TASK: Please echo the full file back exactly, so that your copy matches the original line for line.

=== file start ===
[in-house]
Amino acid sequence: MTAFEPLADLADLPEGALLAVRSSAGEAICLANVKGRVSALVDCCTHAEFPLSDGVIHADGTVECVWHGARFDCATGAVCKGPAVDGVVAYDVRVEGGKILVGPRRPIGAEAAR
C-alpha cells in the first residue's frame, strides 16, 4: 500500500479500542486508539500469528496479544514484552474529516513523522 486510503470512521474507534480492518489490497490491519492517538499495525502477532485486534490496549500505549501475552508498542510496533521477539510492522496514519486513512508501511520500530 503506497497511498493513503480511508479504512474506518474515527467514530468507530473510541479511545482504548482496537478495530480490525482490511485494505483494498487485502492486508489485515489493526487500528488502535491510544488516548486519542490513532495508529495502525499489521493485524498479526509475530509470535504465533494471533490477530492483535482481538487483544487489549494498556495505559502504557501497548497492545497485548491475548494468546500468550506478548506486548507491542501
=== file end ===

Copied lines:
[in-house]
Amino acid sequence: MTAFEPLADLADLPEGALLAVRSSAGEAICLANVKGRVSALVDCCTHAEFPLSDGVIHADGTVECVWHGARFDCATGAVCKGPAVDGVVAYDVRVEGGKILVGPRRPIGAEAAR
C-alpha cells in the first residue's frame, strides 16, 4: 500500500479500542486508539500469528496479544514484552474529516513523522 486510503470512521474507534480492518489490497490491519492517538499495525502477532485486534490496549500505549501475552508498542510496533521477539510492522496514519486513512508501511520500530 503506497497511498493513503480511508479504512474506518474515527467514530468507530473510541479511545482504548482496537478495530480490525482490511485494505483494498487485502492486508489485515489493526487500528488502535491510544488516548486519542490513532495508529495502525499489521493485524498479526509475530509470535504465533494471533490477530492483535482481538487483544487489549494498556495505559502504557501497548497492545497485548491475548494468546500468550506478548506486548507491542501